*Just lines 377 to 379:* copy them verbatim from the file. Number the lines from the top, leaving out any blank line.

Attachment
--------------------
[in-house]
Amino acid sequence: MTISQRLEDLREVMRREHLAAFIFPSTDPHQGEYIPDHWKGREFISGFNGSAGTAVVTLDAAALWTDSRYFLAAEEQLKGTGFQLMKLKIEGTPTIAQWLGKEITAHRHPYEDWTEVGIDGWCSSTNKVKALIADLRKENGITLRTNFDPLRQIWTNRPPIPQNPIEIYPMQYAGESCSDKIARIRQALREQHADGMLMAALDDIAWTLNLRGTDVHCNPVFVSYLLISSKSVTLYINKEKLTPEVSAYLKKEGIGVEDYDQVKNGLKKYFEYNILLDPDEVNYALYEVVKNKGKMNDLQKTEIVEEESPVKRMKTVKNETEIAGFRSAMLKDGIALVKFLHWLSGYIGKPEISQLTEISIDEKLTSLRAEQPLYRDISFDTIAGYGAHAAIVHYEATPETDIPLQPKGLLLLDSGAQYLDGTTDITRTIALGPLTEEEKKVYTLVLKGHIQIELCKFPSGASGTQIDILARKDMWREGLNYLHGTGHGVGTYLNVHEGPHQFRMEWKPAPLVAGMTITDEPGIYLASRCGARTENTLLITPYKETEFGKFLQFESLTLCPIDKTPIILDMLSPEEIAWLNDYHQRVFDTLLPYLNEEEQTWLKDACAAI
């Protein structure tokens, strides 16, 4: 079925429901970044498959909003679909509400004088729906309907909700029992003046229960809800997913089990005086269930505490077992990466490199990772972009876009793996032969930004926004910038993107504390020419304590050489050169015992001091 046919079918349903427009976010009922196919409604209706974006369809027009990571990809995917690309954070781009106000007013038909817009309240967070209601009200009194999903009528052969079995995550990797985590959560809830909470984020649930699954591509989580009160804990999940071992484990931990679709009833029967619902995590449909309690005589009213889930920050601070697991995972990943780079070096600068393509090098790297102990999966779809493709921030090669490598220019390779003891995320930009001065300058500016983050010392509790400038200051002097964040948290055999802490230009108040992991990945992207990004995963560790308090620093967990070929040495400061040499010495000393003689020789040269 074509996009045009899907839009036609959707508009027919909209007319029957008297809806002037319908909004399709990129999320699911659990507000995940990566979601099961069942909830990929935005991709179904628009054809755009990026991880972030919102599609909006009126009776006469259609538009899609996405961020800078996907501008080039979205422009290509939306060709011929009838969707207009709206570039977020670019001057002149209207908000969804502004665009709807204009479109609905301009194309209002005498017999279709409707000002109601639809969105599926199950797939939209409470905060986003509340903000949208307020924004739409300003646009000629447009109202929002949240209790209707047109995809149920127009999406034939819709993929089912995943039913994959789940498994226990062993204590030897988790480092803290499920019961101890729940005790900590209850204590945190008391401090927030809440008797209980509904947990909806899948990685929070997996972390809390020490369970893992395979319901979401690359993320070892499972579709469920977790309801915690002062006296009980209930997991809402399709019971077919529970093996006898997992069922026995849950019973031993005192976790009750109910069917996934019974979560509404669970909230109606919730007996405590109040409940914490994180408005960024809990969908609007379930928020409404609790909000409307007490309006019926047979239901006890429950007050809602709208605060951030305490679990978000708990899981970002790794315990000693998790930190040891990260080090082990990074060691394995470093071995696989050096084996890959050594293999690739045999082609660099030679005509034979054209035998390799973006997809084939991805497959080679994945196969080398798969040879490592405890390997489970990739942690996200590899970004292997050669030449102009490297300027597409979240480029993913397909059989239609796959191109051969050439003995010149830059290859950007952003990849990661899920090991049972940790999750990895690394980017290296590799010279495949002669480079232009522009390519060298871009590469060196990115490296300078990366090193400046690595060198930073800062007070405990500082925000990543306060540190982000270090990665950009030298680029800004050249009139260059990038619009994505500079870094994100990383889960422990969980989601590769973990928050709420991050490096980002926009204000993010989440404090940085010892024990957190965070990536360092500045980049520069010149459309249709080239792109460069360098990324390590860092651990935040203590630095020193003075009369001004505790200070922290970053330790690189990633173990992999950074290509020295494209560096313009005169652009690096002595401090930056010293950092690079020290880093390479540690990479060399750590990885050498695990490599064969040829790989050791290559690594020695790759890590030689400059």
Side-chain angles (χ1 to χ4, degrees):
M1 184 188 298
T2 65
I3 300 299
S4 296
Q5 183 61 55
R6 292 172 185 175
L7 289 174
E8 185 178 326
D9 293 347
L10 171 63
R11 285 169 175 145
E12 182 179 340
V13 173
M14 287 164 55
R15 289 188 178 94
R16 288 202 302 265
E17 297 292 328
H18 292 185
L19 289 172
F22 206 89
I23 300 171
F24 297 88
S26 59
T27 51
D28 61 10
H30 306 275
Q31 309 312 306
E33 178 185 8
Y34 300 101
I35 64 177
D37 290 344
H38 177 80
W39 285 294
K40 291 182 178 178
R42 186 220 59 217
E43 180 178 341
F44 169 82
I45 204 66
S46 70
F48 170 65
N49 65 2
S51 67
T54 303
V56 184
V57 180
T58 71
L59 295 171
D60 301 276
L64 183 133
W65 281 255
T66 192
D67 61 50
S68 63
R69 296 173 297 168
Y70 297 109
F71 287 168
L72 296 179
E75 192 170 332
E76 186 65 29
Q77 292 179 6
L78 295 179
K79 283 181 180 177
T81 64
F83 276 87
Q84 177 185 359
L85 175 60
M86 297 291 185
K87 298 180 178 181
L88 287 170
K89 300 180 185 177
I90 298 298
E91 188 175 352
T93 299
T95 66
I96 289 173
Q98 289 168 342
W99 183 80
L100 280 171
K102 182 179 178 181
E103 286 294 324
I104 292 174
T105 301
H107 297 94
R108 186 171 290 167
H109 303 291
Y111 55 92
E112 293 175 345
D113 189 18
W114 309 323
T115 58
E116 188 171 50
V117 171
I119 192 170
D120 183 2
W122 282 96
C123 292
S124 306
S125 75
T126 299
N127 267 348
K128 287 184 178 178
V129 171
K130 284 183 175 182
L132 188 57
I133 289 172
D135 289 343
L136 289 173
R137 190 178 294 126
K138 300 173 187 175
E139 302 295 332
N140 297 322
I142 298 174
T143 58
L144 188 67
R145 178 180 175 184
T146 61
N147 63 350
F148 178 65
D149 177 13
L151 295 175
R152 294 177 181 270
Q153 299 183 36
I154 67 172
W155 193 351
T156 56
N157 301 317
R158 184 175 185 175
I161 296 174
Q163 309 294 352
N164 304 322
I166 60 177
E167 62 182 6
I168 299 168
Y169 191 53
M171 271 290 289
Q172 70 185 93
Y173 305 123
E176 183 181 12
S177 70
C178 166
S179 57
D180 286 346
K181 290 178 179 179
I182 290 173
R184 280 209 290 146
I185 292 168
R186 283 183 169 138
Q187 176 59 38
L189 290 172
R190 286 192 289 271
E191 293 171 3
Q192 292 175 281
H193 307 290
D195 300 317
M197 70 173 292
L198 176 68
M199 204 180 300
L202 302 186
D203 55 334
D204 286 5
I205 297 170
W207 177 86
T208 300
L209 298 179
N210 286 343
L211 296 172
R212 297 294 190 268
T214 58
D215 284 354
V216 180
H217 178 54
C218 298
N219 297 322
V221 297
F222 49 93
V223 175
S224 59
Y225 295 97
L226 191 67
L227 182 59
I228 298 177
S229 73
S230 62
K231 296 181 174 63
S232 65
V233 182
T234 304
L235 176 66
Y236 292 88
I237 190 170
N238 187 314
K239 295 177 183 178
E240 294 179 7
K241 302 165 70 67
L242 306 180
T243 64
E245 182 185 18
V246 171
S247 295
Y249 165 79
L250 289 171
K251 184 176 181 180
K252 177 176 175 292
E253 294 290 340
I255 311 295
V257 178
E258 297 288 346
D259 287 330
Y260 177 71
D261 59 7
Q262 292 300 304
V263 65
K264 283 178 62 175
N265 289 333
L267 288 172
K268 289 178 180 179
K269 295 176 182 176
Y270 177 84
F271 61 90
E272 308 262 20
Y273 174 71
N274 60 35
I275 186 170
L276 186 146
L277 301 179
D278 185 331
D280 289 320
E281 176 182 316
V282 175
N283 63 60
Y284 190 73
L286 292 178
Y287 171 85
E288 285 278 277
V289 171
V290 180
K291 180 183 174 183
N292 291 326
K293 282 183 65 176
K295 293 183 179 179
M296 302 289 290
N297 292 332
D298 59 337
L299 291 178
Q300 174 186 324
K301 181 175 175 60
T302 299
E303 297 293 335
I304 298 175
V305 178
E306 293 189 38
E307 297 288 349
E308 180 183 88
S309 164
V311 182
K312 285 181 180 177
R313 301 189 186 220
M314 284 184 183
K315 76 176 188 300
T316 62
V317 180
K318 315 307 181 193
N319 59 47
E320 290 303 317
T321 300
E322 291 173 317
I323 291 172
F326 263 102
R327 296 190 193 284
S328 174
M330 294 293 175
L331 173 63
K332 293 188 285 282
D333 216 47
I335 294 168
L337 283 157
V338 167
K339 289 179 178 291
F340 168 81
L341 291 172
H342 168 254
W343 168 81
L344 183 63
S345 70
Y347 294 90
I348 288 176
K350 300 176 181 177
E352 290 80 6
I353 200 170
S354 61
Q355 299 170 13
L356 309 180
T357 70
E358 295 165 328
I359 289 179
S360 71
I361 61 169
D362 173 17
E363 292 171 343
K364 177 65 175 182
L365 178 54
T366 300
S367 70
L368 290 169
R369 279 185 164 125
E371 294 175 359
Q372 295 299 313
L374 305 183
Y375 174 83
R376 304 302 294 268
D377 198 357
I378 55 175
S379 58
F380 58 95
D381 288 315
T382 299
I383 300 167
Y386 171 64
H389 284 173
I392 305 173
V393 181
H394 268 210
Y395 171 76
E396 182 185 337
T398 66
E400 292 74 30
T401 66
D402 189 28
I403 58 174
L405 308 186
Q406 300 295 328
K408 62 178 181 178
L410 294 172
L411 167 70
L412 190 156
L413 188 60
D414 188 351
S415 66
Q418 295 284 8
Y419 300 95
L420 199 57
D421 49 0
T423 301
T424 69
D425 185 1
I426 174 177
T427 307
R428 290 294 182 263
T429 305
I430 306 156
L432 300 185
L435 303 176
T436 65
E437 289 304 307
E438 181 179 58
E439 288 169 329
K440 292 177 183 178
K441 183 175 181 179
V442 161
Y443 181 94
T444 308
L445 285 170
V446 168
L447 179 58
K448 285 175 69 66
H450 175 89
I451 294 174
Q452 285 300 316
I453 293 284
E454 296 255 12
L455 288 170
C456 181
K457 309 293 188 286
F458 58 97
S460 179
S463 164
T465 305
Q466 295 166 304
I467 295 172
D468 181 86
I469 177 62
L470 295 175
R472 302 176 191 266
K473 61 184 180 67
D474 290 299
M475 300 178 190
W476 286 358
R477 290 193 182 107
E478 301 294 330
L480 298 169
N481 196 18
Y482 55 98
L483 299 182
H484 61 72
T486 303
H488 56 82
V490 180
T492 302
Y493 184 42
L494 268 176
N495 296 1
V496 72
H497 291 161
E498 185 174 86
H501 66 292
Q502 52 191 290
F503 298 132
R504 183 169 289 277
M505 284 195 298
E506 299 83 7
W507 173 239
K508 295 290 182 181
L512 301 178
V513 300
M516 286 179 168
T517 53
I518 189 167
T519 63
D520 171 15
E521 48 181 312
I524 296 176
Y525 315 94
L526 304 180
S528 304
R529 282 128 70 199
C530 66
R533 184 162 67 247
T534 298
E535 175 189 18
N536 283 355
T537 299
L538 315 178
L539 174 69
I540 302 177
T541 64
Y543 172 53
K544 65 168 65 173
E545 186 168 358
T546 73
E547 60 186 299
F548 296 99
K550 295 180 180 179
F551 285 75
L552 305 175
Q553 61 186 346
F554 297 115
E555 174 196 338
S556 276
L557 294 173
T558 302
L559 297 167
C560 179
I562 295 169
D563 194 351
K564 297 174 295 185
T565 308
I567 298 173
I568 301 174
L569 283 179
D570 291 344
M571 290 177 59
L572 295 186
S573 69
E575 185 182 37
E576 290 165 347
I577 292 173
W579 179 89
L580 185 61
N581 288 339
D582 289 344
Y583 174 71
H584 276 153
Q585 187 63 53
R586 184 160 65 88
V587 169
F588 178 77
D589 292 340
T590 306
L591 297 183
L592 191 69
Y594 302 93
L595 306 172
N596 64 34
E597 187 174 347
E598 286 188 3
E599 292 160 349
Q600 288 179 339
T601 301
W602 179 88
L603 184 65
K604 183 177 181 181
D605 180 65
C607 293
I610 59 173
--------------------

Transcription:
K457 309 293 188 286
F458 58 97
S460 179